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The Yamas and Niyamas in yoga practice

Updated: Jun 25


Yamas and Niyamas illustration
Yamas and Niyamas illustration


If you're a prospective yoga student, you might already be familiar with the physical benefits of yoga, such as increased flexibility and strength. However, the true essence of yoga goes beyond the physical postures (asanas). It’s about cultivating a way of life that promotes inner peace, ethical behavior, and spiritual growth. This is where the yamas and niyamas come in.


What are the Yamas and Niyamas?

The yamas and niyamas are essentially the ethical guidelines and personal observances in yoga. They form the first two limbs of the Eight Limbed Path as described by Patanjali in the Yoga Sutras. Think of them as the moral compass that guides your yoga practice both on and off the mat.


Yamas (Ethical guidelines)

The yamas are the ethical standards and sense of integrity, focusing on our behavior and how we conduct ourselves in life. Here's a quick overview:

  1. Ahimsa (Non-violence) 

  • Meaning: Ahimsa means non-violence and compassion towards all living beings.

  • In Practice: Avoiding harm in thoughts, words, and actions. This could mean practicing kindness and patience with yourself and others, both in your yoga practice and daily interactions.


  1. Satya (Truthfulness)

  • Meaning: Satya refers to truthfulness and honesty.

  • In Practice: Being truthful in your words and actions. On the mat, this might mean being honest about your physical limits and not pushing yourself too hard.


  1. Asteya (Non-stealing)

  • Meaning: Asteya means non-stealing, not just physical objects but also time and energy.

  • In Practice: Respecting others’ time and resources. In your practice, it could mean not taking more space than you need or being punctual for class.


  1. Brahmacharya (Continence)

  • Meaning: Often interpreted as celibacy, but more broadly, it means moderation in all things.

  • In Practice: Using your energy wisely. This could mean finding balance in your practice and not overexerting yourself.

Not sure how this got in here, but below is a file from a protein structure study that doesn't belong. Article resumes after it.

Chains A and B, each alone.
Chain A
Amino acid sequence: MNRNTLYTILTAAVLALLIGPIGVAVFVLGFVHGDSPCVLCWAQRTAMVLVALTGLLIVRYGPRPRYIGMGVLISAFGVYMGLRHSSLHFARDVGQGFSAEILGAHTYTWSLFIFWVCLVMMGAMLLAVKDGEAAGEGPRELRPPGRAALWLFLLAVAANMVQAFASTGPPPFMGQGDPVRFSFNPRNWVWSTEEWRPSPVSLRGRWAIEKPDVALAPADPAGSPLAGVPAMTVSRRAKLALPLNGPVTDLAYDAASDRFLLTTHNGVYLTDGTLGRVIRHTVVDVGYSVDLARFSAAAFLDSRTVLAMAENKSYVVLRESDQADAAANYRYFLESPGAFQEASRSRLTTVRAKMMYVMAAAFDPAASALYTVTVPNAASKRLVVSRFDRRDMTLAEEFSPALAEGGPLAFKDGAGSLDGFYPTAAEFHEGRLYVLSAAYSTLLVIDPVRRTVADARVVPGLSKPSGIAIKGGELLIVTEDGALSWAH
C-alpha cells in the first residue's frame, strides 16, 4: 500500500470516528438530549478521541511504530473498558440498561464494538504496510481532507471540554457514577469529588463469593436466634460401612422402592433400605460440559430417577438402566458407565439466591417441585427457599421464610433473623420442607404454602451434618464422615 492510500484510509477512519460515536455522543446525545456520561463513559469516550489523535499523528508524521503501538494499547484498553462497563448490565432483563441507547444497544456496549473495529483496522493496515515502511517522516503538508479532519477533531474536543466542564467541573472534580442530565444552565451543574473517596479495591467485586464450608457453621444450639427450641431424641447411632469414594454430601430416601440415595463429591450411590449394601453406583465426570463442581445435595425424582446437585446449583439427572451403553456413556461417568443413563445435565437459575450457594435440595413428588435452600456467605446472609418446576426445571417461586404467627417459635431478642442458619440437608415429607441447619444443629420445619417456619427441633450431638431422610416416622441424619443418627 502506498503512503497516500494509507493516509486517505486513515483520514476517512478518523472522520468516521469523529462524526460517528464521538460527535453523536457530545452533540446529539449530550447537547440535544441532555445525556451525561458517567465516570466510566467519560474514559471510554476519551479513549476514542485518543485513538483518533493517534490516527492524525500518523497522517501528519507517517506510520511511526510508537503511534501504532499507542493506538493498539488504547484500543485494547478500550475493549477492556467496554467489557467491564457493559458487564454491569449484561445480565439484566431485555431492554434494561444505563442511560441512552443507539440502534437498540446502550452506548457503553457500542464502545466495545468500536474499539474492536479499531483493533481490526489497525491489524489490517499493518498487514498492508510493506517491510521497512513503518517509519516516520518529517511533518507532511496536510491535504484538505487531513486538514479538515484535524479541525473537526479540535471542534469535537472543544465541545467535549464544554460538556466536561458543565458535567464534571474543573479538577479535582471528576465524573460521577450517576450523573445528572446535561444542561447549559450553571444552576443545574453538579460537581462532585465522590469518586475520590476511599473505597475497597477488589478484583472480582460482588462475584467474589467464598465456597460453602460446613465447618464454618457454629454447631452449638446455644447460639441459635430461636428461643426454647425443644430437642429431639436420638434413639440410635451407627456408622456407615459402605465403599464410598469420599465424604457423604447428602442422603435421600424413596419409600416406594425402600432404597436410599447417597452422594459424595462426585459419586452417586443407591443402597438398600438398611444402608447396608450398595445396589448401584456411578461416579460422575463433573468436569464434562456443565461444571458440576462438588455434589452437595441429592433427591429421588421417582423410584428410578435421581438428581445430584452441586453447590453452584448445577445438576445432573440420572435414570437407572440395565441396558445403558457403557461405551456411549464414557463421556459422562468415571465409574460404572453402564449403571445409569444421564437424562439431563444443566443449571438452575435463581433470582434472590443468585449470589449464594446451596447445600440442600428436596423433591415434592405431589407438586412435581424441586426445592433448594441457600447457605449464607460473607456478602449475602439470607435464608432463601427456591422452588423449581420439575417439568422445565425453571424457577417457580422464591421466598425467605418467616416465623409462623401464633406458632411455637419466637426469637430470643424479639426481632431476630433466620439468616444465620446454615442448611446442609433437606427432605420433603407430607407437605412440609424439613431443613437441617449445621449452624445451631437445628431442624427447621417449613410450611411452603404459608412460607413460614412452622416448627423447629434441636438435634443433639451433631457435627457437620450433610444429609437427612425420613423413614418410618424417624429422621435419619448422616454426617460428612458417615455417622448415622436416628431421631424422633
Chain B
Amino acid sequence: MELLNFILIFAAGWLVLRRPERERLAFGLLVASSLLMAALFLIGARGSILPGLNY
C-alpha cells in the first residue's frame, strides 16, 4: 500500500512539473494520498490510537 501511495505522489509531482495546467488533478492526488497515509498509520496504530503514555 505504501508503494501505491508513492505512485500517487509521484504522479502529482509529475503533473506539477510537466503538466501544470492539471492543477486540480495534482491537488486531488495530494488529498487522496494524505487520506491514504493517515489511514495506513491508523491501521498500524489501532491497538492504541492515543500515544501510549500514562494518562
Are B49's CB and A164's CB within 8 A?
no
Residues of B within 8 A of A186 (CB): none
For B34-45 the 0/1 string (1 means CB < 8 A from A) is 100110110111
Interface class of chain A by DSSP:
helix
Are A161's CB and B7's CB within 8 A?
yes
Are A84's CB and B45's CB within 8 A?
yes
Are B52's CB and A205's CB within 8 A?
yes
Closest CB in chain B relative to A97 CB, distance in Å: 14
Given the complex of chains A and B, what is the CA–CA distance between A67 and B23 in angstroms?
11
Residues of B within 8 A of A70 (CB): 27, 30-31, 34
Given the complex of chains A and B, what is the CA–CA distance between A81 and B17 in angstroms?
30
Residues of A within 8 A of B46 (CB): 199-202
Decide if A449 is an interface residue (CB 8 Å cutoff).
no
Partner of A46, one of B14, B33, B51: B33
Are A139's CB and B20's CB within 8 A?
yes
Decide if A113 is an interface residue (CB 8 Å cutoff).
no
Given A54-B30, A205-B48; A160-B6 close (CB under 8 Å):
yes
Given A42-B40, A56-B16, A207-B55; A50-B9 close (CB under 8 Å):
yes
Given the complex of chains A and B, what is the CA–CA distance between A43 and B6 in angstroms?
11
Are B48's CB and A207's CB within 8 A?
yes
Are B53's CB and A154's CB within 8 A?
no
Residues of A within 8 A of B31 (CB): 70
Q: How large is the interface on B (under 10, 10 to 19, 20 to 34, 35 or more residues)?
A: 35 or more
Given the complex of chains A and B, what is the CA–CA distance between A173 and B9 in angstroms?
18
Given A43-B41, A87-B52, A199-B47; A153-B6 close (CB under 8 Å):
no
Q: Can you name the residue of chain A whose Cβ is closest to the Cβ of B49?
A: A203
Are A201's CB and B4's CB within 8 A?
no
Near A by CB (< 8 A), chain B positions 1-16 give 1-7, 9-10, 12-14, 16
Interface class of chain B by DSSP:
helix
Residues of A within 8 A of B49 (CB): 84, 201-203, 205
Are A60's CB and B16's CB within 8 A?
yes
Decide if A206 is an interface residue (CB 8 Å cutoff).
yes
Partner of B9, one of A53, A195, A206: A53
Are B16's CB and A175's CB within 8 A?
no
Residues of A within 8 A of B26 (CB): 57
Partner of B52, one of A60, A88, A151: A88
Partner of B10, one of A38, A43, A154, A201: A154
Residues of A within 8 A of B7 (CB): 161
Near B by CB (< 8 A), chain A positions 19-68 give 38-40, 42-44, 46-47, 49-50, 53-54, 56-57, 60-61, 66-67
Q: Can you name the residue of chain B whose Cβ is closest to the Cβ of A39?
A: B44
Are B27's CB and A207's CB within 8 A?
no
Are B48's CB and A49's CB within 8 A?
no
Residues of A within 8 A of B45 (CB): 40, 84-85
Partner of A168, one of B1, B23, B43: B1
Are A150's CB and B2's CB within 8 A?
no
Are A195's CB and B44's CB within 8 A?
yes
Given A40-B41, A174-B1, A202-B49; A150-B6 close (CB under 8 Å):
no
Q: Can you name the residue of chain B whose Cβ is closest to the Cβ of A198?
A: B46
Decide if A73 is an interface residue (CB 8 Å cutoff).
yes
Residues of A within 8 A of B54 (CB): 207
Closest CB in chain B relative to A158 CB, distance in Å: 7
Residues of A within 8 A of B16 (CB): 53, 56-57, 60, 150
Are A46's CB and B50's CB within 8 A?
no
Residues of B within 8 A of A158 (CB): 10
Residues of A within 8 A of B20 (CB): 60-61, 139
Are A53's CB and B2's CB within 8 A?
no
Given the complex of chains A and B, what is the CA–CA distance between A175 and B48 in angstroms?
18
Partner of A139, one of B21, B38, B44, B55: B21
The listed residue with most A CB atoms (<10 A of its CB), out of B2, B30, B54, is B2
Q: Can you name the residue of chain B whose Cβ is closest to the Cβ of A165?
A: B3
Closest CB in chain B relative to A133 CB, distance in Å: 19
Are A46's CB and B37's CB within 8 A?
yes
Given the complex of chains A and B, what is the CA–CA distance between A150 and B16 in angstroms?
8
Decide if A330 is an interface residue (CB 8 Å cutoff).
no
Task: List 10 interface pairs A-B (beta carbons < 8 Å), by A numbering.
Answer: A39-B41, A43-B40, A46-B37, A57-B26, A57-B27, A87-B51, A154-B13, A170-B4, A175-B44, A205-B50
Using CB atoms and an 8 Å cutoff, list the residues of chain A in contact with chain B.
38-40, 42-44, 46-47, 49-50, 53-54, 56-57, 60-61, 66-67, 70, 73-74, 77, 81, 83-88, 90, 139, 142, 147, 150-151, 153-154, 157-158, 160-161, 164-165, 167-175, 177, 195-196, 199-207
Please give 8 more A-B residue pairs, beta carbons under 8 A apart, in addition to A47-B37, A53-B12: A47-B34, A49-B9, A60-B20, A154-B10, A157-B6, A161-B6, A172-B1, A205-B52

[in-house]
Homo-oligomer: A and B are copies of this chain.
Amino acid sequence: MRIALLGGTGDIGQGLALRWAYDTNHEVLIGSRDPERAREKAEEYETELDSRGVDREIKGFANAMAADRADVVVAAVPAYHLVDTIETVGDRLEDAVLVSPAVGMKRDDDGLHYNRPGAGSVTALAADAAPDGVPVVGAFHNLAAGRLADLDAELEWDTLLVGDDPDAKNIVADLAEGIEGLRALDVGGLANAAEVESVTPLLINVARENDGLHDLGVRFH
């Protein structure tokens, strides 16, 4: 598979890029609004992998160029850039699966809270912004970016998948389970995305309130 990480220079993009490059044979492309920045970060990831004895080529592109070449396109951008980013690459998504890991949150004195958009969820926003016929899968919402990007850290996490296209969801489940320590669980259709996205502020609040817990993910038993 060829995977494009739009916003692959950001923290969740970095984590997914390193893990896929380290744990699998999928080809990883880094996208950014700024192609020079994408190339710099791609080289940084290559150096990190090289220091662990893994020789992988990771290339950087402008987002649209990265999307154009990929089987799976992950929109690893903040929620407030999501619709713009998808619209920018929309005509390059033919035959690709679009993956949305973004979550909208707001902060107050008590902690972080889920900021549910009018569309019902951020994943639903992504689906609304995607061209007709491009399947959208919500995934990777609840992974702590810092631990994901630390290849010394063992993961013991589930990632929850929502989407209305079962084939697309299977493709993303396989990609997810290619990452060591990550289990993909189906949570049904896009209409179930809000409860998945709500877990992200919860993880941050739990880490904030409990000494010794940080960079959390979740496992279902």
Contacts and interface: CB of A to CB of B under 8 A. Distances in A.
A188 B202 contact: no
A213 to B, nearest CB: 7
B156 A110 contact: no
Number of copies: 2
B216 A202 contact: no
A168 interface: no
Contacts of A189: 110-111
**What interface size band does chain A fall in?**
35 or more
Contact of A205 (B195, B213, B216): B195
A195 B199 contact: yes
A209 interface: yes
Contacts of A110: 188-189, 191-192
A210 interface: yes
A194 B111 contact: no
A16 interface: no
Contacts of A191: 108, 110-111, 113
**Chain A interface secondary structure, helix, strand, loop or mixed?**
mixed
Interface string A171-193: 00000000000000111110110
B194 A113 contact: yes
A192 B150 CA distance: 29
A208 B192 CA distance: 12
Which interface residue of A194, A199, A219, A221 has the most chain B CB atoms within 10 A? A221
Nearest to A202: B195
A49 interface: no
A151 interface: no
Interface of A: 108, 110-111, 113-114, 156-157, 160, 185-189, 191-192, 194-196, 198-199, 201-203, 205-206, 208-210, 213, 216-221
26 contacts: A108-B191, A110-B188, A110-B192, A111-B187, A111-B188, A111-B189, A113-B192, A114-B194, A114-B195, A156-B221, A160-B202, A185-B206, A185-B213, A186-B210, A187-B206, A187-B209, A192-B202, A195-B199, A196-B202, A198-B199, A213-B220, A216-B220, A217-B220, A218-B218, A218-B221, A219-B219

1. Aparigraha (Non-covetousness)

  • Meaning: Aparigraha means non-attachment or non-greed.

  • In Practice: Being content with what you have. On the mat, it might mean not comparing yourself to others or being attached to achieving specific poses.


Niyamas (Personal observances)

The niyamas are personal practices that relate to our inner world. They help us maintain a positive environment and develop self-discipline and inner strength.

  1. Saucha (Purity)

  • Meaning: Saucha refers to cleanliness and purity.

  • In Practice: Keeping your body, mind, and surroundings clean. This could mean practicing mindfulness and maintaining a clean practice space.


  1. Santosha (Contentment)

  • Meaning: Santosha means contentment and satisfaction.

  • In Practice: Finding joy in what you have and where you are right now. On the mat, it means being satisfied with your current progress and not rushing to achieve more complex poses.


  1. Tapas (Discipline)

  • Meaning: Tapas refers to self-discipline and willpower.

  • In Practice: Committing to regular practice and pushing through challenges. This could mean showing up on your mat even when you don’t feel like it.


  1. Svadhyaya (Self-study)

  • Meaning: Svadhyaya means self-study and reflection.

  • In Practice: Reflecting on your actions and thoughts. In your practice, this could mean keeping a yoga journal or spending time in meditation.


  1. Ishvara Pranidhana (Surrender to a Higher Power)

  • Meaning: Ishvara Pranidhana refers to surrendering to a higher power or greater force.

  • In Practice: Trusting in the process and letting go of the need to control everything. On the mat, it could mean surrendering to the flow of your practice and being open to whatever comes.


Integrating the Yamas and Niyamas into your practice


Understanding the yamas and niyamas is the first step; integrating them into your practice is where the real transformation happens. Here are a few tips to help you embody these principles:

  • Set Intentions: Before you begin your practice, set an intention that aligns with one of the yamas or niyamas. For example, you might set an intention to practice ahimsa by being gentle with yourself.

  • Reflect Post-Practice: Take a few minutes after your practice to reflect on how you embodied the yamas and niyamas. Journaling can be a great tool for this.

  • Mindful Living: Remember, yoga is not confined to the mat. Practice these principles in your daily life—whether it’s through mindful communication, sustainable living, or community service.


The yamas and niyamas are much more than just guidelines; they are the foundation of a holistic yoga practice. By integrating these principles into your life, you’ll find greater harmony, peace, and fulfillment both on and off the mat.


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